October 15, 2008, Washington, DC:
Each time there is a crisis, the current financial meltdown being an example, we cry for a great leader to dig us out of the hole. This leads, I believe, to the unfortunate tendency to accept that only a “great” leader can do what needs to be done. As an East Texas farm boy at heart, I have always looked for the easiest way to do things, and I have a revolutionary solution to offer. Instead of waiting for great leaders to get us out of trouble, perhaps we should strive for competent, effective leadership across the board and we would get into less trouble.
Sound like heresy? Perhaps, but I firmly believe that when leadership, public or private, is effective – doing the right things the right way – there are fewer crises to deal with.
I’ll use a “hypothetical” example to show what I mean. Embassy X is in a developing country with a depressed economy and high rates of fraud. It also just happens to be a source of healthy infants to be adopted by American couples. Effective leadership would assess this situation and look for ways to minimize the incidence of fraud in the lucrative adoption industry. At a minimum, this would involve senior management monitoring consular operations to ensure all rules and regulations are followed to the letter, and that consular officers exercise due diligence when processing visa applications – ever on the lookout for fraudulent paperwork or evidence of “baby selling.” The price of ineffective, hands-off leadership can be predicted. There is a crisis, fraud is discovered by the media, fingers are pointed, and the leader on whose watch it erupted is ill-equipped to deal with it. Worse, it is even harder for incoming management to “fix” the problem, and restore the trust and confidence in the system that is eroded by such occurrences.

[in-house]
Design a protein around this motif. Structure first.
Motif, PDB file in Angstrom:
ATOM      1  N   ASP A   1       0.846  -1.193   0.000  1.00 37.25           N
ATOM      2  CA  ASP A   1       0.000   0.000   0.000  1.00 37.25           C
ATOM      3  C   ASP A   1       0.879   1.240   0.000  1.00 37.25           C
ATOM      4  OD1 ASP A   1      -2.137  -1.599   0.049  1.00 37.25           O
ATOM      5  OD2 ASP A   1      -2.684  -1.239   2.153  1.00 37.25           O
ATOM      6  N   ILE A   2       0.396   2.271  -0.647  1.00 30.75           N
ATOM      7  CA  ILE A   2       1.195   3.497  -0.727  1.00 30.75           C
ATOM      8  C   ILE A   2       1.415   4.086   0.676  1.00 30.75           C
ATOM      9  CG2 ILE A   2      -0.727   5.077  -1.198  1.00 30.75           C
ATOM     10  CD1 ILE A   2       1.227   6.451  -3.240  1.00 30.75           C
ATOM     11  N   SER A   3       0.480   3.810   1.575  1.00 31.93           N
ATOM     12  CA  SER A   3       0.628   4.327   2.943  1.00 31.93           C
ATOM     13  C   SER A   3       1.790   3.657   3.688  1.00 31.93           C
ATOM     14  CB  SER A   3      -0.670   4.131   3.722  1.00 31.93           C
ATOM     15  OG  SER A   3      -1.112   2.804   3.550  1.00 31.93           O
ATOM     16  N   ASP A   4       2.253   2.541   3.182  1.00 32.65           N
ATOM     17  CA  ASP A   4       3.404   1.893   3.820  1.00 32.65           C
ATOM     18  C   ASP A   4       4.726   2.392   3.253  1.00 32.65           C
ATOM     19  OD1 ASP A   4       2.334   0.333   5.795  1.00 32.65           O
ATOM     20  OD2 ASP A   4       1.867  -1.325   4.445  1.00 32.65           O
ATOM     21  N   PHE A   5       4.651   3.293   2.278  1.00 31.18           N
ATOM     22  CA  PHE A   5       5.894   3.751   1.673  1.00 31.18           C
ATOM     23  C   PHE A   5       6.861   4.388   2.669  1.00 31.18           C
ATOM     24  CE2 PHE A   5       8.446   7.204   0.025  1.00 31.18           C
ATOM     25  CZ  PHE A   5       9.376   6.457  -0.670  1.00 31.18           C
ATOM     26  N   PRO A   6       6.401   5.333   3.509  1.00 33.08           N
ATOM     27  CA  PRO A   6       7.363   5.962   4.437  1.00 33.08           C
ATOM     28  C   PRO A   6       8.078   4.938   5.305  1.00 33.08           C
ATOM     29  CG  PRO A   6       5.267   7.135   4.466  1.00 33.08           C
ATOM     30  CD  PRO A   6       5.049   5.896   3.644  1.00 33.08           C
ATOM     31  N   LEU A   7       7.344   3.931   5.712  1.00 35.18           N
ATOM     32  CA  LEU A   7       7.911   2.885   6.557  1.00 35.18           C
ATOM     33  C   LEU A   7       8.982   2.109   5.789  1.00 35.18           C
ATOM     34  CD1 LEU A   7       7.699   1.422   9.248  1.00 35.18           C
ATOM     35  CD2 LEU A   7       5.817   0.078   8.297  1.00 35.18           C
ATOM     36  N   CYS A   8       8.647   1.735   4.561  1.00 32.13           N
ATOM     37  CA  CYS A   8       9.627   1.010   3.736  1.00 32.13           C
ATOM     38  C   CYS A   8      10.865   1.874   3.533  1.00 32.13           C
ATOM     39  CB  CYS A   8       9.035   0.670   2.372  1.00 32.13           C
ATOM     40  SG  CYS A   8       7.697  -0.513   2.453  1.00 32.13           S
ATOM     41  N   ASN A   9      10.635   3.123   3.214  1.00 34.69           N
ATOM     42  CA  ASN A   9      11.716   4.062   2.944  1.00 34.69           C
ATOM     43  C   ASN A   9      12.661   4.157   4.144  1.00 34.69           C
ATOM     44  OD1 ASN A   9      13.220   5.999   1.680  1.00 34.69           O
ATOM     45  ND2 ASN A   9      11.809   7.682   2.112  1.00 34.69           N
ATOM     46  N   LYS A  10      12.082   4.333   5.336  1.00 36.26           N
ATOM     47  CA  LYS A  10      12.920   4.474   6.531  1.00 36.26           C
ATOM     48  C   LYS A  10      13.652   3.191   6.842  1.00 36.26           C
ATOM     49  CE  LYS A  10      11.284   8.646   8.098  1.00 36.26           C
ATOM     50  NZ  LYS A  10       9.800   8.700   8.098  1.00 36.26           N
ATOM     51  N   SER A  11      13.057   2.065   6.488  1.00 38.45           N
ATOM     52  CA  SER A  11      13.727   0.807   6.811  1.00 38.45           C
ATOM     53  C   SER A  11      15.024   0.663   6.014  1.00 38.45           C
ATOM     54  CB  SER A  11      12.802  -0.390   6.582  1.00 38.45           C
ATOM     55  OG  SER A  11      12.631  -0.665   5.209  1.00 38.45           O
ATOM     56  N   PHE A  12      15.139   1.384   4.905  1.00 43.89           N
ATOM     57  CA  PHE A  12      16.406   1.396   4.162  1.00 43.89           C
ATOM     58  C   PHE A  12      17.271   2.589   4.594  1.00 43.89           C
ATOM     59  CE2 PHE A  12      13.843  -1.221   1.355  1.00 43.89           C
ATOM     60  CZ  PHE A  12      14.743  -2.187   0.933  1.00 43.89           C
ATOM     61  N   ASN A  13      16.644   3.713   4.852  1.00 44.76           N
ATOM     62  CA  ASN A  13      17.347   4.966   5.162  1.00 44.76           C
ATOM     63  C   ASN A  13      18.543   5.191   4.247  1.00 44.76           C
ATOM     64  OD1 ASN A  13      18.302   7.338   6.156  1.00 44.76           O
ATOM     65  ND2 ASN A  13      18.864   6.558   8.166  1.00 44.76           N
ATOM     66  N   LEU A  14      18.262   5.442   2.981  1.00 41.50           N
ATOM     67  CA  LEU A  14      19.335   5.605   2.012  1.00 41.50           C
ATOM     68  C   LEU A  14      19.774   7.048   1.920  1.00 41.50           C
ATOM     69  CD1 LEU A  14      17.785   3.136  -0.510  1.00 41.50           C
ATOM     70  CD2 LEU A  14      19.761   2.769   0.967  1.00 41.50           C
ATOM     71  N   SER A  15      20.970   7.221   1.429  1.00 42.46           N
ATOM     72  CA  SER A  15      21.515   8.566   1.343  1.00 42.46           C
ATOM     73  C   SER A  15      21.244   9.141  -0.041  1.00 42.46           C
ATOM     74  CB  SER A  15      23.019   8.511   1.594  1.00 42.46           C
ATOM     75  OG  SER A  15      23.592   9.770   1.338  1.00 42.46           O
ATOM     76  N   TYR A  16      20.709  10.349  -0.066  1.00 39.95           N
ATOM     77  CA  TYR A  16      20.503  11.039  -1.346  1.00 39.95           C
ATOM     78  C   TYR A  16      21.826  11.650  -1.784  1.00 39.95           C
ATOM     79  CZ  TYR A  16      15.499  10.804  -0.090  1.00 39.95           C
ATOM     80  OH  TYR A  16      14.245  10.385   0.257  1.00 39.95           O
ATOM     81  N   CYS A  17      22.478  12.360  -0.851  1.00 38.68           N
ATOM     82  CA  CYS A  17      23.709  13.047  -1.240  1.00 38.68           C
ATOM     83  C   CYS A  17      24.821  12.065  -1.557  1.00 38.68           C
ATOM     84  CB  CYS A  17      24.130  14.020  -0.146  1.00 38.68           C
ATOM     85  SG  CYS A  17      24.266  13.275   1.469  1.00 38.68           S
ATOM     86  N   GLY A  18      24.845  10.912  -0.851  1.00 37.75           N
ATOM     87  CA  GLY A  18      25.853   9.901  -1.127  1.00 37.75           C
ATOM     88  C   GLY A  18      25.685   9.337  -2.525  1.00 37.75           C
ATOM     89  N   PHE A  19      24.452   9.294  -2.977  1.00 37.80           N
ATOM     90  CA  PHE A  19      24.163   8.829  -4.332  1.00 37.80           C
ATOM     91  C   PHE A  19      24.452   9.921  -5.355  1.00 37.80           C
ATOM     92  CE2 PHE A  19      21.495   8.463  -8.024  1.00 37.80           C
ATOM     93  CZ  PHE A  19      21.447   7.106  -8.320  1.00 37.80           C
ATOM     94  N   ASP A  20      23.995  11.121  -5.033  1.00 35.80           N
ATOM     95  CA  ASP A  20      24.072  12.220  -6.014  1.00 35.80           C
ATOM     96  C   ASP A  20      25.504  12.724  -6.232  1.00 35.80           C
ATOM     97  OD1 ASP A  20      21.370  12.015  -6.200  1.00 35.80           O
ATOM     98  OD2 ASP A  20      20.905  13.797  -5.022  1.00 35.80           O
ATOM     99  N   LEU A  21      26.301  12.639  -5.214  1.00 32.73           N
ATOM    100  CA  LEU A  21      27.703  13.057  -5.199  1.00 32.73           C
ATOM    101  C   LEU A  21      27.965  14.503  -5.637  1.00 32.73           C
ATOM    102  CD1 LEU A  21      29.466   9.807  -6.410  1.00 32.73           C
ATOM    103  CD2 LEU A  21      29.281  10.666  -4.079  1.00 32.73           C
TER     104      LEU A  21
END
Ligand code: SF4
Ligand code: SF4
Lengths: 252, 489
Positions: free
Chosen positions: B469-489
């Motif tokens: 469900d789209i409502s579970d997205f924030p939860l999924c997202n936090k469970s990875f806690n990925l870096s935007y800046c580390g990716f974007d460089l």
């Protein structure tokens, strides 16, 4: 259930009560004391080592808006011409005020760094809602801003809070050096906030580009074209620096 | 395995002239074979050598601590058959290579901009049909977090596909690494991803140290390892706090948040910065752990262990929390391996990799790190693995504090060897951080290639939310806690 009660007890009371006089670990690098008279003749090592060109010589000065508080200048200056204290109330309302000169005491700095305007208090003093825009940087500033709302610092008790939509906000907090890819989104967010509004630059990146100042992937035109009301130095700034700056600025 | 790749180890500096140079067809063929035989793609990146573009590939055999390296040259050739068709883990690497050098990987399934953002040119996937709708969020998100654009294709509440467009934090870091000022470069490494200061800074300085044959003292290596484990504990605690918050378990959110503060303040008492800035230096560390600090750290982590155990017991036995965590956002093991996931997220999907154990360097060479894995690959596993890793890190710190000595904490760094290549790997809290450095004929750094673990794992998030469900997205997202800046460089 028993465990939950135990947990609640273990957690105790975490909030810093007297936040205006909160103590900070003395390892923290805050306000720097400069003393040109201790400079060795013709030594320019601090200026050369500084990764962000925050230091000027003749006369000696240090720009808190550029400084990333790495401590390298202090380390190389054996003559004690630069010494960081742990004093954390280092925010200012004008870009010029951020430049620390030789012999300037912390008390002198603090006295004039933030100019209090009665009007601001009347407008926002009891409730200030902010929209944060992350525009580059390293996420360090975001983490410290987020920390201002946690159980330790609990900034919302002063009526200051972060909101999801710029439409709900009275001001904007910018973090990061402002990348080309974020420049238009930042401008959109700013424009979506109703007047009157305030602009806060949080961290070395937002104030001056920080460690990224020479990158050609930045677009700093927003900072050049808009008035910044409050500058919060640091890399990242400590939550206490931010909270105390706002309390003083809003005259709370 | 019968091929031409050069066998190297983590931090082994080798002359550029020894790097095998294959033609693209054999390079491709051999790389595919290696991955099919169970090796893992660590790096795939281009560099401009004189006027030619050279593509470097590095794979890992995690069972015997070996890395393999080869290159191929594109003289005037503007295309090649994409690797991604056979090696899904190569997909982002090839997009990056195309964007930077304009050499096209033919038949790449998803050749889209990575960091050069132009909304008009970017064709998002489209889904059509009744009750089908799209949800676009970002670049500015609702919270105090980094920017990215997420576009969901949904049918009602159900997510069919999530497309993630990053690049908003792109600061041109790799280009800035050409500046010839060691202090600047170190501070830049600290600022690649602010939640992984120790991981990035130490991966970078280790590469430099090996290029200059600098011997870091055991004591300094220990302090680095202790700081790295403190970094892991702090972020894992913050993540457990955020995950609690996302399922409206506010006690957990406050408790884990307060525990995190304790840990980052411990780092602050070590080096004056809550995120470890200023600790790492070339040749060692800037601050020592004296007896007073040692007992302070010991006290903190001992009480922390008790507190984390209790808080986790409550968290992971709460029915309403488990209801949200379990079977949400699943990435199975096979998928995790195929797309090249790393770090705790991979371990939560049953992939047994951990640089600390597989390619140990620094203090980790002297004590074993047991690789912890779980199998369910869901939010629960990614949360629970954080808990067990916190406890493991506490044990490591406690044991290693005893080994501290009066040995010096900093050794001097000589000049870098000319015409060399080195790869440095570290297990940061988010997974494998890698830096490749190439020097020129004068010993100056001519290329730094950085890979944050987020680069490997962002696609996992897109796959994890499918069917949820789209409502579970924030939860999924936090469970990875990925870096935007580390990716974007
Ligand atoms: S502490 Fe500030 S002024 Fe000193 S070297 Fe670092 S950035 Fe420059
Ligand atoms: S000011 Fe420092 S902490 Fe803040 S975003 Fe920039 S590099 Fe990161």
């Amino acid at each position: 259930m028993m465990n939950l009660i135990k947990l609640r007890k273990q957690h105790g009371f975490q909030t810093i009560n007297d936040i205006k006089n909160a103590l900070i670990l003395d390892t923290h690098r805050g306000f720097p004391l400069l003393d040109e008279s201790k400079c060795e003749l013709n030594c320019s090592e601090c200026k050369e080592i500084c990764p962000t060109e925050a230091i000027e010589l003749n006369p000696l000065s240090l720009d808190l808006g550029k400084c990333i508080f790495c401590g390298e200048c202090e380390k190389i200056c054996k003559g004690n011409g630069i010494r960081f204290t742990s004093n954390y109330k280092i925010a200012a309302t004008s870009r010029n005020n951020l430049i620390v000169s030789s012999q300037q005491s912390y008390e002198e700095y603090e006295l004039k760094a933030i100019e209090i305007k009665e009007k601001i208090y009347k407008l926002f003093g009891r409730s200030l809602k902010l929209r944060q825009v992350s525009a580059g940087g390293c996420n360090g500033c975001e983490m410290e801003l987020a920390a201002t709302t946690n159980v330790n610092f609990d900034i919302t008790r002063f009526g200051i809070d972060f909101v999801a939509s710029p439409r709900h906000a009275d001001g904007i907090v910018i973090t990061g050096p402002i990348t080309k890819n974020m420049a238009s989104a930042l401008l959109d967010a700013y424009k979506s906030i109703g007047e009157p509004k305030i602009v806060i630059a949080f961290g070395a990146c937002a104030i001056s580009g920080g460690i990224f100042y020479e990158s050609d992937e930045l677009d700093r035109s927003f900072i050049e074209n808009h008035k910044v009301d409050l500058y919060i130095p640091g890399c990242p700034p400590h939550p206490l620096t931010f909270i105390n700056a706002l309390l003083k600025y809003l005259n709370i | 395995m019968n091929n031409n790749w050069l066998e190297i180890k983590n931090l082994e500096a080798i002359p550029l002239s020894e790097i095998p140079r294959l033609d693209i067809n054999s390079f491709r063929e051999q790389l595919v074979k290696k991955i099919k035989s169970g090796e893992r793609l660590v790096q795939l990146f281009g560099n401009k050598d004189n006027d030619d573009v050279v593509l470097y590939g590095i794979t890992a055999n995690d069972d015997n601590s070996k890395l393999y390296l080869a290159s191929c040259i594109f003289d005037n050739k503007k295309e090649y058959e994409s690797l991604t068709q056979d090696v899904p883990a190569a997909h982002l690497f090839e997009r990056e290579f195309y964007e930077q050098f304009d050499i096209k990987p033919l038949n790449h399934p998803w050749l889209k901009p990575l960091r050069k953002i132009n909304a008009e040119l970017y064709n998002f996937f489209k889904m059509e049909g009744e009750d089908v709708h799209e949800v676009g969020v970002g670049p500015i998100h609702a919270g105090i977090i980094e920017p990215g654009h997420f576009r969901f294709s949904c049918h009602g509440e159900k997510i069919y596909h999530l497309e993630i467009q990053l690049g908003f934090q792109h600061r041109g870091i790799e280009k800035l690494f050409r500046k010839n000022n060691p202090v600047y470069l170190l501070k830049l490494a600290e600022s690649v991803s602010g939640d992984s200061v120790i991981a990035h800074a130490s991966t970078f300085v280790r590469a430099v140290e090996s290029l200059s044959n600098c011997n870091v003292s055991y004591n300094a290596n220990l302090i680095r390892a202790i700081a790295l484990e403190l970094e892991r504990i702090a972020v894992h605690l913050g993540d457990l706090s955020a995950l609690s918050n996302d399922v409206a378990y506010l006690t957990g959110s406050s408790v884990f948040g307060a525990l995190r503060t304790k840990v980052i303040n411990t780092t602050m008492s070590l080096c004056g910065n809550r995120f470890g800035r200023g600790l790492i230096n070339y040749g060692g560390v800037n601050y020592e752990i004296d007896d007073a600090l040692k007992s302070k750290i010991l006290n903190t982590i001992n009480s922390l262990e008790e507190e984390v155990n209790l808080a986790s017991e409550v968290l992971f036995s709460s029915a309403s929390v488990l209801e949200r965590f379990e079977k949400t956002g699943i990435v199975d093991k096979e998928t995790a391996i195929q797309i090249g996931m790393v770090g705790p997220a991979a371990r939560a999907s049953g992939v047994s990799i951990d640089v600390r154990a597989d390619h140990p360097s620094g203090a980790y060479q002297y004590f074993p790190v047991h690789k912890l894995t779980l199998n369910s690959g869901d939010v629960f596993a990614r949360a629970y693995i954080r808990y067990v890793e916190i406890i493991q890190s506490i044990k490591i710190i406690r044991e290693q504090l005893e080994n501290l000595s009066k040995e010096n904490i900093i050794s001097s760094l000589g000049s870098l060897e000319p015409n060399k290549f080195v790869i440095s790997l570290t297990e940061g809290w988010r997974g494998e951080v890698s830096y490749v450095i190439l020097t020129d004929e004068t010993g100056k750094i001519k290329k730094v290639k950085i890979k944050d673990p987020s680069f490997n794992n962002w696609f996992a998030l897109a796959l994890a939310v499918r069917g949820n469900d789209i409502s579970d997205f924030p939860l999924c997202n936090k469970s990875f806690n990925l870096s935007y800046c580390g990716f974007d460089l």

Another example of the importance of effective leadership took place in Sierra Leone in 1996. The newly-elected president, Ahmed Tejan Kabba, was a gentle, well-meaning retired UN official, who had all the earmarks of great leadership. What he lacked, due to lack of experience and training, was the ability to see the day-to-day problems and anticipate how they could escalate into crisis if solutions were not applied. He also did not take into account the strong influence of tribalism in this impoverished West African country. The result was that after only a year in office he was overthrown in a military coup. A coup that I am convinced could have been averted if he had spent more time cultivating the military hierarchy early in his tenure. It took the intervention of the British and the Nigerians to restore him to the presidency. To his credit, after a few false starts, he did learn and by the end of his term, he was performing effectively. That the country has now had a peaceful transfer of power, despite the persistent presence of political disputes that are tribally based, is a testament to this.
Relying on effective leadership rather than waiting for an Abraham Lincoln or Martin Luther King, Jr., to come along, is another way of exercising personal responsibility. This is something that everyone, but most especially leaders, should have at the top of the to-do list.
Causes Charles Ray Supports
The Nature Conservancy
The Martin Luther King, Jr. Memorial